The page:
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30 July, 2012

Electric Moon - Thunderclap

Electric Moon - Thunderclap (song review) |self-released, Oleander EP, 2012| 5/5 progrock classic rock

This four piece band was established in Tuscaloosa, Alabama in late 2010 by experienced musicians who have not only played music for a majority of their lifetime, but who are well trained in graphic design and have an understanding of history and world affairs relevant to the decade of war in Iraq. Their debut EP brings four sonically diversified songs with "Thunderclap" ending the tracklist.

“Thunderclap” is an instrumental song - a fusion of many genres ranging from traditional rock, through progressive rock to nostalgic jazz, blues and classical music where accents are laid on the guitars, drums and piano the most. While the first two instruments along with the bass represent the rock connection, the piano makes a traditional approach into this composition.
Various artist such as Queen or Deep Purple are evident influences on this track which is over 6 minutes long. The song is rich in moods, however there's always one solid, rhythmic vibe brought upon by the percussion and individual soloing that stands out to draw the ear. The arrangements seem to be orchestrated since they tactfully repeat.

This is a song which could perfectly illustrate a short movie. “Thunderclap” includes a variety
of contrasting elements which solidify it's impact on the listener. Brian Ritchie on bass along with drums by Michael Ryce build solid, non-detachable structures for all parts of this composition. Notable guitar riffs by Jake Gordin recall the styles of Hendrix as they scream and cry in high octaves. Lastly, Stuart Parker utilizes piano pirouettes like a ballet dancer on top of them all.
When it comes to the arrangements, silence plays an important part in this composition as well since it has been an extremely meaningful element for music through the centuries. Classical music is a prime example of how silence can craft moods and underline specific moments a listener should focus on.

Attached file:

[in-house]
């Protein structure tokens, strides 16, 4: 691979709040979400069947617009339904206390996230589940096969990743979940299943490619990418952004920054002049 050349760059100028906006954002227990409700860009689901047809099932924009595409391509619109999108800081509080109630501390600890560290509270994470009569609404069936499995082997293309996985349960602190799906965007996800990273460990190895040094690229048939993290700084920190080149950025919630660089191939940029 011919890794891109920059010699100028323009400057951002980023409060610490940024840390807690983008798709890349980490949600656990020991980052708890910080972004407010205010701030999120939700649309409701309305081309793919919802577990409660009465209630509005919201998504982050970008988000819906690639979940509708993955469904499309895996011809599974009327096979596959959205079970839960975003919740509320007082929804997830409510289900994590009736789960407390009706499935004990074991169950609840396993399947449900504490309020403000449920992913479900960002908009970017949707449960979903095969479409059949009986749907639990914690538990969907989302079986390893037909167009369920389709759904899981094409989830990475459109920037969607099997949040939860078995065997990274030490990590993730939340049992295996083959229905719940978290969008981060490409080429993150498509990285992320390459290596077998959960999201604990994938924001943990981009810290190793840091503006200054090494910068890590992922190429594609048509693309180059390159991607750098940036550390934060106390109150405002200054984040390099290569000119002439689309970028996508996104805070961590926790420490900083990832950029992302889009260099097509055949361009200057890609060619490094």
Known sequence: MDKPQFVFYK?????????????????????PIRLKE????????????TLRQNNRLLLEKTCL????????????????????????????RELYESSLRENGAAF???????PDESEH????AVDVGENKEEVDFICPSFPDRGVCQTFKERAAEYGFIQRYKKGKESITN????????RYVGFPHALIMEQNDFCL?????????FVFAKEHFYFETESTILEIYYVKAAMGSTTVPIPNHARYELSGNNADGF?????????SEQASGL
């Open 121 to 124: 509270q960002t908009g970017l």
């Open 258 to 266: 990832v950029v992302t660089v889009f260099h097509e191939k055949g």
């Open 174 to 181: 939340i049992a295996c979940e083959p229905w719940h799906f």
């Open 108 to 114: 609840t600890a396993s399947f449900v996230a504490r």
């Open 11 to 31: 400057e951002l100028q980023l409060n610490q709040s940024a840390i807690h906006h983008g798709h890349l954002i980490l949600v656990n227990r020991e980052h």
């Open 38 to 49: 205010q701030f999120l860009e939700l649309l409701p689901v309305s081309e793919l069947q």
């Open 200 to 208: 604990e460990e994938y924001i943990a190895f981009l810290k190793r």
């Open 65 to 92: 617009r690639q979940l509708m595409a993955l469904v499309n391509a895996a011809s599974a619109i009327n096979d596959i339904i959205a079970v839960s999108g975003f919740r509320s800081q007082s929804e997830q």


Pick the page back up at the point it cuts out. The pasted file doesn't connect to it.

These four musicians definitely know how to score professional music and should feel proud of their skills. "Thunderclap" is a song recommended to fans of classic and progressive rock who additionally look beyond these genres.

(Katarzyna 'NINa' Górnisiewicz, Fabryka Magazine, July 23th, 2012)

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I think it's very flattering, and we're very happy to have it. Thanks again for your time and effort. I look forward to working with you again soon.
Jake Gordin | 30.07.2012 |

05 July, 2012

GODCOMPLEX - Life's Deception

GODCOMPLEX - Life's Deception (song review) |self-released, 2012| 4/4

"Life's Deception" is a brand new song that is to be released on the Hymns for the Faithless album which is scheduled for August 2012.
This highly dynamic track has been written, recorded and performed by only two musicians, which you may find surprising in terms of the overall powerful vibes of their music. Moreover, John Spangler (lead guitar, bass, production) and Rod Pagel (lyrics, vocals, rhythm guitar, drum programming) who comprise the line-up of the band, also played together in a thrash metal/punk band called Maniacal Genocide that was founded in 1987. They now collaborate on-line due to the fact that they live in different states. All the music was composed by John and the vocals were written by Rod.

The song starts directly with guitar, bass and drums in unison, followed by very synchronized and cleverly matching vocals. Chunky guitar riffs do not overlay the entire composition, but add an edgy rhythm in the background. The bass lines and drum beats will make you think faster. Rod's voice holds a characteristic tune, yet sounds understandable. This aspect is very important since the voice is realistically an instrument in the context of a musical composition. At the same time, Rod sounds angry and rebellious which almost automatically draws the attention of rock and metal listeners.
"Life's Deception" contains pure sparkling vitality that is reminiscent to the music of bands such as The Union Underground, Powerman 5000 and Monster Magnet. Last but not least, it sounds like a man's song, so it must be a testosterone driven thing which glues these bands together with self-confidence, motion and power.Spinning, syncopated dynamics, simple yet wise arrangements as well as a straight-forward vibe should make this track famous. Godcomplex should keep submitting "Life's Deception" for all sorts of opportunities such as compilations, movie placement, college radio playlists and especially, perform it live during rock & metal festivals. They may also consider incorporating at least two or more musicians for live shows for this reason as well.
"Life's Deception" is a guitar driven and catchy song that has instant hit potential, while repetitive lyrics make it very memorable.

(Katarzyna 'NINa' Górnisiewicz, Fabryka Magazine, June 29th, 2012)

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Reviewed by Fabryka Magazine